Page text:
Tuesday, December 8, 2009

Governors to meet over tri-state water dispute

The governors of Alabama, Florida and Georgia likely won't have a proposed water-sharing agreement in hand next week when they meet to discuss the Apalachicola-Chattahoochee-Flint river system, a Florida official said today.

The three states have been battling in federal court since 1990 over the river system, which is a source of drinking water for the metro Atlanta area. Florida depends on fresh water to maintain fish and wildlife along the Apalachicola River and the seafood industry at Apalachicola Bay.

Alabama Gov. Bob Riley and Georgia Gov. Sonny Perdue requested a meeting of the governor after U.S. District Judge Paul A. Magnuson ruled in June that federal law does not authorize cities to withdraw water from Lake Lanier, the huge federal reservoir north of Atlanta. The governors announced Monday they will meet in Montgomery, Ala. on Dec. 15 to discuss the water dispute.

Florida Department of Environmental Protection Secretary Michael Sole said today there is no draft water-sharing agreement.

"I don't expect a draft initially but I'm hopeful that we get progress on the 15th," Sole said at the Capitol after appearing before the Cabinet on unrelated issues.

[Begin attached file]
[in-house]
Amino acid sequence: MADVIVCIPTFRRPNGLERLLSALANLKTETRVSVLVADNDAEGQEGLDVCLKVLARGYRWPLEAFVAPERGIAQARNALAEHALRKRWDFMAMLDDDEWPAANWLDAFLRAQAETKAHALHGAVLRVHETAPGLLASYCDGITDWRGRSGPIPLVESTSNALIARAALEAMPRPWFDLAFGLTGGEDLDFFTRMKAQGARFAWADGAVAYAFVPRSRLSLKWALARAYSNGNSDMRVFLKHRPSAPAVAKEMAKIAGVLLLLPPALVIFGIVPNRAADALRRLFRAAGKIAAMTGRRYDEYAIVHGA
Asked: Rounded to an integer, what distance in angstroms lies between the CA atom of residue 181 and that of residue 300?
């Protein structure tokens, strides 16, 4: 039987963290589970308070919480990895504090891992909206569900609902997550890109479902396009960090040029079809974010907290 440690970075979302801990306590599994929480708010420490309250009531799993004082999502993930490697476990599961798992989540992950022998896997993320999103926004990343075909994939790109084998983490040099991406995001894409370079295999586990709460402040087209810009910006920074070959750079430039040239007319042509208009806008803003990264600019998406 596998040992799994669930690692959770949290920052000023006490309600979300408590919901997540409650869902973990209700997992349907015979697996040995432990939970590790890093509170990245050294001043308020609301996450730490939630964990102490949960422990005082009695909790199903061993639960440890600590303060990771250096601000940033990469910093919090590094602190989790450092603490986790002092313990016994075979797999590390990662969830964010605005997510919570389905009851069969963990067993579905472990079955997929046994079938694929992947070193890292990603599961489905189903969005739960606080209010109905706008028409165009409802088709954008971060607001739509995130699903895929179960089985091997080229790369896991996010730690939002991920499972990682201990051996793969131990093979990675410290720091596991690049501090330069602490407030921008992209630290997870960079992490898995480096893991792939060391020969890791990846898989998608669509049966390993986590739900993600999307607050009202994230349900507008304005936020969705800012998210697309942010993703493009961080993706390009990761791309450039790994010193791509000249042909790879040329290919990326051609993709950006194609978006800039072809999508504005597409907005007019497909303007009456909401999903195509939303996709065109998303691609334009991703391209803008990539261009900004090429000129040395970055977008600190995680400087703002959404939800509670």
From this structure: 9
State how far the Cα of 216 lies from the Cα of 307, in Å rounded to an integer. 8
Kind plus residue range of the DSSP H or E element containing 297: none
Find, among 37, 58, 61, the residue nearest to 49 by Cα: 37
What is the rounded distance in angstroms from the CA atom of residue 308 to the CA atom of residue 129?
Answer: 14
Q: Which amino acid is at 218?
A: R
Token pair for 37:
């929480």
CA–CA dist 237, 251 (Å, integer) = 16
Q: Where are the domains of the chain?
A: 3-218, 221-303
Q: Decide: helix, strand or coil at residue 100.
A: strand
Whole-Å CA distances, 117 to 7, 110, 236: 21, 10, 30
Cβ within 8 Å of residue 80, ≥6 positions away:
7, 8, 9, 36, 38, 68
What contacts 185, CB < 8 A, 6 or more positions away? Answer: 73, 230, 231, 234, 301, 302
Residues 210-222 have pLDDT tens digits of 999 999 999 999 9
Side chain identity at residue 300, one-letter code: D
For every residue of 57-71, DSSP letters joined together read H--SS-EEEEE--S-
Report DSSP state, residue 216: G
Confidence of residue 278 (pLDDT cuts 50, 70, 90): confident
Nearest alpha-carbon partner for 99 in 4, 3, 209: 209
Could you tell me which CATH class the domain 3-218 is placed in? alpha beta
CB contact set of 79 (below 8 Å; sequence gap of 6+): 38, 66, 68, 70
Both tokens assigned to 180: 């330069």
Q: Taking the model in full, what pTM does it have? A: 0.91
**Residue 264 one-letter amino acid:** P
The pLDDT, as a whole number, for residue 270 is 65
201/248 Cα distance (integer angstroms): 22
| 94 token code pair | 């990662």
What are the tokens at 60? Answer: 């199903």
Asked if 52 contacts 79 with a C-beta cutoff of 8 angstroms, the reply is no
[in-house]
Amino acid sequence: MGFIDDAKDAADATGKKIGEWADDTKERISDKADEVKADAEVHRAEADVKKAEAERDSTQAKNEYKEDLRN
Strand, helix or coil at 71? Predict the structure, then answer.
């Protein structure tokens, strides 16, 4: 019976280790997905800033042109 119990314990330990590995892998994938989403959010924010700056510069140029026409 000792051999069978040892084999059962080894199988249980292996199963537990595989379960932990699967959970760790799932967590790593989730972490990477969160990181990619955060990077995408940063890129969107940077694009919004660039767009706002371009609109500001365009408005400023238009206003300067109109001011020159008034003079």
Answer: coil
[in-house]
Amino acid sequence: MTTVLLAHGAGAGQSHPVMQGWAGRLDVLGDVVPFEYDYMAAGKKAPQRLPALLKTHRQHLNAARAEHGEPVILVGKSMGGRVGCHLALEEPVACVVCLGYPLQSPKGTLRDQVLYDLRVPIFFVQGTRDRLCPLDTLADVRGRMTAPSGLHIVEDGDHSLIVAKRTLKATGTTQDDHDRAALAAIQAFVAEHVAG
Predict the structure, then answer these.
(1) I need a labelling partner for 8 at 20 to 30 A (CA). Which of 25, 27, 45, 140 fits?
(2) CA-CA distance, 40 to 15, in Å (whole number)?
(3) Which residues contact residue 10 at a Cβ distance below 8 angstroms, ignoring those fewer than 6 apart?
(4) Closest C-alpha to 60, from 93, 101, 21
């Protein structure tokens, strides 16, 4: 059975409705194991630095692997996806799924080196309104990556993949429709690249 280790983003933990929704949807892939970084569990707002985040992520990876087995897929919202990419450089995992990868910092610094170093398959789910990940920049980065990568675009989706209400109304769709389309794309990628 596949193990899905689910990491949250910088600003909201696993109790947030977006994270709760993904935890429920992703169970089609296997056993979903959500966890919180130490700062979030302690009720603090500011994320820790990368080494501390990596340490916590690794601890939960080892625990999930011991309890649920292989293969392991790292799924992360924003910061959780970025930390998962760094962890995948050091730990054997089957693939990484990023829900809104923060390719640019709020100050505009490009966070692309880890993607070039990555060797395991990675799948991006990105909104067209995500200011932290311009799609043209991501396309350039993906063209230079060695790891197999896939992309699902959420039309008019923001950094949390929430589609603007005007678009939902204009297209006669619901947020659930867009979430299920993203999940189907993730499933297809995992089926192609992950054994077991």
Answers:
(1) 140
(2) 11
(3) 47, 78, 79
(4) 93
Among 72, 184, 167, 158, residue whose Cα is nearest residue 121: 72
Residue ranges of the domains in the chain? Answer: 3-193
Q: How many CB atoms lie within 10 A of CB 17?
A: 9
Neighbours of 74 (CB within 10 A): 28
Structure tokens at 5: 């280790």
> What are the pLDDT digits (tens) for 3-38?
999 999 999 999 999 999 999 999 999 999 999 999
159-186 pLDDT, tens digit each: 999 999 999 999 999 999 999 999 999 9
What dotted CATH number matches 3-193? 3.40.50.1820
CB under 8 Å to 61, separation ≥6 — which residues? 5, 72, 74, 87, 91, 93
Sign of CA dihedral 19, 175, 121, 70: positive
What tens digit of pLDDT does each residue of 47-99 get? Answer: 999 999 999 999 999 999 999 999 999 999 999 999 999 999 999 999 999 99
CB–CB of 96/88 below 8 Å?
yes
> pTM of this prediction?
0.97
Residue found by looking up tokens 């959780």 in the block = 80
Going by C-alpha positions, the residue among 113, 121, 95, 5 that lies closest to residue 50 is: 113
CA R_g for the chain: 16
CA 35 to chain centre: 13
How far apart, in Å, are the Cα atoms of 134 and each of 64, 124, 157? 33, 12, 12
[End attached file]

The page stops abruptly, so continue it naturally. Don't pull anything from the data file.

"This is a good opportunity," he continued," for the governors to get together and re-engage dialogue both because of the court decision -- the Magnuson decision -- as well as where we are with regards to water." He pointed out that both Lake Lanier and the rivers have been full in recent months.

The states have been divided in the past over the use of computer models to predict how lack of rainfall will affect reservoir levels and flow in rivers. That's amplified disagreements about how much water to keep stored in reservoirs to protect against drought and how much to release for downstream needs.

Asked whether Florida's negotiating position has changed, Sole said, "I think we have been pretty reasonable in our recommendations and we look to continue to address what is a fair allocation of water and acknowledging a shared adversity."

"We acknowledge during times of drought there will be less water, but it is something that needs to be shared," he said.

(Story copyrighted by Bruce Ritchie and FloridaEnvironments.com. Do not copy or redistribute without permission.)

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